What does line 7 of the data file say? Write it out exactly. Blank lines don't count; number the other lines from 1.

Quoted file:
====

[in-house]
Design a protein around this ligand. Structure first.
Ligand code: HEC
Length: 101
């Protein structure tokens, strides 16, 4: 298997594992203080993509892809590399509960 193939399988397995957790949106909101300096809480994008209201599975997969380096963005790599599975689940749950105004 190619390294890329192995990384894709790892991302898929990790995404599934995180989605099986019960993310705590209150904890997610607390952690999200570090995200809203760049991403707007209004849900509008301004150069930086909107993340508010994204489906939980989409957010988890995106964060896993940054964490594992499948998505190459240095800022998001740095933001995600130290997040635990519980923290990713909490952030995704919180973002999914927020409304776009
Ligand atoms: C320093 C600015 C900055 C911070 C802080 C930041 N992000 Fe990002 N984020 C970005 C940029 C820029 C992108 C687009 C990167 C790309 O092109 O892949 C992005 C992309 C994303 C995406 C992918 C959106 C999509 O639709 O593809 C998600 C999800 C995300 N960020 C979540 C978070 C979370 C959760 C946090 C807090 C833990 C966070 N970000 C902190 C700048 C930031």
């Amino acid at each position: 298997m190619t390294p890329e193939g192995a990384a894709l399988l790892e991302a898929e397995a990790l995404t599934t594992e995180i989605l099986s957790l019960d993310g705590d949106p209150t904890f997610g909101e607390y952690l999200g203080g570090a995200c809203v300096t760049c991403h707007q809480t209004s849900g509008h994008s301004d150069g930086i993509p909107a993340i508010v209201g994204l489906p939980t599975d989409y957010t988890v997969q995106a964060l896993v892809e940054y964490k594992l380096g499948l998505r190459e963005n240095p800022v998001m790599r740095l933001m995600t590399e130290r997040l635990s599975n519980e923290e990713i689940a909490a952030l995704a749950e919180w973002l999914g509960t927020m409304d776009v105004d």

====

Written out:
């Amino acid at each position: 298997m190619t390294p890329e193939g192995a990384a894709l399988l790892e991302a898929e397995a990790l995404t599934t594992e995180i989605l099986s957790l019960d993310g705590d949106p209150t904890f997610g909101e607390y952690l999200g203080g570090a995200c809203v300096t760049c991403h707007q809480t209004s849900g509008h994008s301004d150069g930086i993509p909107a993340i508010v209201g994204l489906p939980t599975d989409y957010t988890v997969q995106a964060l896993v892809e940054y964490k594992l380096g499948l998505r190459e963005n240095p800022v998001m790599r740095l933001m995600t590399e130290r997040l635990s599975n519980e923290e990713i689940a909490a952030l995704a749950e919180w973002l999914g509960t927020m409304d776009v105004d």